Christmas is a musical time of year, and I have released a few albums with that theme.  The one that features my wife (Wendy) is certainly my favorite, as her performing, and especially her voice, is absolutely beautiful.  I am not big on peer pressure, so I don’t often request that she contribute much to my musical projects, but when she does it’s magnificent.  It would be wonderful to hear her voice on more, but I’ll leave that to her own devices.  She’s always willing to perform if I ask her, so I look at her like she’s my secret gemstone – beautiful!

Greatest Singles (2010-Current)

Boom Lava is not going to tour New England or spend weeks in a studio getting everything perfect, so to placate my urge for recording quality music, I’ve turned to self-production.  Modern technology has made it possible to create incredible bodies of work, so this has been a very exciting avenue for releasing my art.  I title these releases “Greatest Singles” but I understand they are not great – very good would be a better description, given my skills, commitment level, and resources.

Cocheco Street Jazz (2014-Current) – Dover, NH

While researching my guitar teacher (Joe) from the 1980’s, I came across an interview with him made by a colleague at WPI.  He expresses some hesitation about the future of jazz.  I was reminded about my love for jazz music and decided to start this band.  For a variety of reasons, my management duties are limited, which means I can concentrate more on the music, which is wonderful.  Good music, good people, and good jazz!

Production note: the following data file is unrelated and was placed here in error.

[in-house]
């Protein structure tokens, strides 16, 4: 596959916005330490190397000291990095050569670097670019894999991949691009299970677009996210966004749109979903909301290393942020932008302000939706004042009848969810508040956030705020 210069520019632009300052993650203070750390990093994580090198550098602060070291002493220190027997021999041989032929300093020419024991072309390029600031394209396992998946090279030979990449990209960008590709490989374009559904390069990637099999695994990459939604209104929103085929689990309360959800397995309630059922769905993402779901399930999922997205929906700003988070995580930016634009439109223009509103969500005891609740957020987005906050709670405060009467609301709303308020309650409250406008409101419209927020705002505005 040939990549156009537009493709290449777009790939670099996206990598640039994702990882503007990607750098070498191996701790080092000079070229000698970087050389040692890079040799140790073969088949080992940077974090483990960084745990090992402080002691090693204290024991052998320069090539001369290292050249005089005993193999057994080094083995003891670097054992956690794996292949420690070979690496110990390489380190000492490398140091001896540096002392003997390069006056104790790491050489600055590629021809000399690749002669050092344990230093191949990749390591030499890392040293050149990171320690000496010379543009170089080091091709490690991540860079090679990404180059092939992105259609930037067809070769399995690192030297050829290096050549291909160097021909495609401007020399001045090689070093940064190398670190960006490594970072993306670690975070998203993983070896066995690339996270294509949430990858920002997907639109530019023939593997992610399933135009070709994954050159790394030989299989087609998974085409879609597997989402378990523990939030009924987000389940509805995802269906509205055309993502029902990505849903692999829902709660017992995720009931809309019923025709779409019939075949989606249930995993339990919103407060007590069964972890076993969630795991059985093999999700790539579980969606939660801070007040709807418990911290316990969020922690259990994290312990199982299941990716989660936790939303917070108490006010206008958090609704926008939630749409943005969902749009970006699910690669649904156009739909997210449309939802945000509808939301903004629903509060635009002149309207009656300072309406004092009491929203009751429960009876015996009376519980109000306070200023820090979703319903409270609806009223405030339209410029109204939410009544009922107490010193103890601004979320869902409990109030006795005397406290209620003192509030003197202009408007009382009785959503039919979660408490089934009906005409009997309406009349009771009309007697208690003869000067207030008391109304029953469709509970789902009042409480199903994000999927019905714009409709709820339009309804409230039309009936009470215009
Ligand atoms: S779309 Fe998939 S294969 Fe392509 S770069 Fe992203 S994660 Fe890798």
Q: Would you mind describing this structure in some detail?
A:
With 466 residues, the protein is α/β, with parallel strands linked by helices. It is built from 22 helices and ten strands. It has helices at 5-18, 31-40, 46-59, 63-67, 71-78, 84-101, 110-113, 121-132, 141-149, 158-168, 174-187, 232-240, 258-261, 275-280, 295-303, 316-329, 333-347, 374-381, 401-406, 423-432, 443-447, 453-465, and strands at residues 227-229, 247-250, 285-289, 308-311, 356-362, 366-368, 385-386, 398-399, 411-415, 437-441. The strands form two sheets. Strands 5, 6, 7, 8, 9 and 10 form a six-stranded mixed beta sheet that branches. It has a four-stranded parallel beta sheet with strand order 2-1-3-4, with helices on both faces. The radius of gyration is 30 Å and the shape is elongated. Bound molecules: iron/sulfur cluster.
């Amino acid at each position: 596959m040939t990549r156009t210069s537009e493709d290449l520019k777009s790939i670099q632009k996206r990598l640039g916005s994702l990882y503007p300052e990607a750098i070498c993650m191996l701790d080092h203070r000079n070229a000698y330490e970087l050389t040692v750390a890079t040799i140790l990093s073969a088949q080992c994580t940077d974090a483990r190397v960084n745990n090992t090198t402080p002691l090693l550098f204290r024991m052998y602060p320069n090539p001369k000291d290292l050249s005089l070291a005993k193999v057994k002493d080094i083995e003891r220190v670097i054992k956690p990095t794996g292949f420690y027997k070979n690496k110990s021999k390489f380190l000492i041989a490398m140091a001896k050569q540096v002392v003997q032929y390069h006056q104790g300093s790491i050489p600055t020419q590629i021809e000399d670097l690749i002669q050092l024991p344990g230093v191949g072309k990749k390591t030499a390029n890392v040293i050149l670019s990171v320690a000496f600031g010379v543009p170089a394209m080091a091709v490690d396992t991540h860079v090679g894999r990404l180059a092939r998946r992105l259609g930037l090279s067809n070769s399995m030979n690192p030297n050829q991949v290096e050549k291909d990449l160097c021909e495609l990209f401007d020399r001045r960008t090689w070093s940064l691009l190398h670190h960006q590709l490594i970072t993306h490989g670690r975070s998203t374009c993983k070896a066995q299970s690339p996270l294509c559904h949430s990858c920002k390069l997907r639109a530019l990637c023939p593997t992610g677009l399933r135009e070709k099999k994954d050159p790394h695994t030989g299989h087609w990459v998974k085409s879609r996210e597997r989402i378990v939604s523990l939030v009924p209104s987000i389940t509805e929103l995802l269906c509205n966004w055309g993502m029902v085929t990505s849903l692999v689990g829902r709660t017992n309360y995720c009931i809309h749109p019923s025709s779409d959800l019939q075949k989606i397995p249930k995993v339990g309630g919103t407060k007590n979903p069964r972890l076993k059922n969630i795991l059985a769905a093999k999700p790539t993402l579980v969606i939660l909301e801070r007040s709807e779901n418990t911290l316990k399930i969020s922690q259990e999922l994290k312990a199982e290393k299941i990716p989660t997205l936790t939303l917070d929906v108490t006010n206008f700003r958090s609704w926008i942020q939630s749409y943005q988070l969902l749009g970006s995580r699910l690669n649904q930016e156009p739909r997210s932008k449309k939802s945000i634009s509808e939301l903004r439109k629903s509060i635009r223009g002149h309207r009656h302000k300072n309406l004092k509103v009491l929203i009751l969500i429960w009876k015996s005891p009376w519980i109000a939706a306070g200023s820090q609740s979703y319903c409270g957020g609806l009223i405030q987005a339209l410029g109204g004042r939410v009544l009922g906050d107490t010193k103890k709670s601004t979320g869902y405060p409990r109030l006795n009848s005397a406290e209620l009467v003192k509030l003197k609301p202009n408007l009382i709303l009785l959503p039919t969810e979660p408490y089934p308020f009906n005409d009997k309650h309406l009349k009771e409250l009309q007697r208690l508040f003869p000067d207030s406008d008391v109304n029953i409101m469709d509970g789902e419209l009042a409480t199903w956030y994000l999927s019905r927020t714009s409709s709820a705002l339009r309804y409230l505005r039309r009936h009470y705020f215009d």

If you want to dig a bit deeper into the musical archives, you can download all of my personal recordings at this link:


As seen in my buyer’s guide, there are many things to consider when purchasing musical equipment.  The logic that quality gear will result in better sound is not entirely unflawed.  PRACTICE will lead to good sound.  I live by example, as you can see from my instruments in the photos below.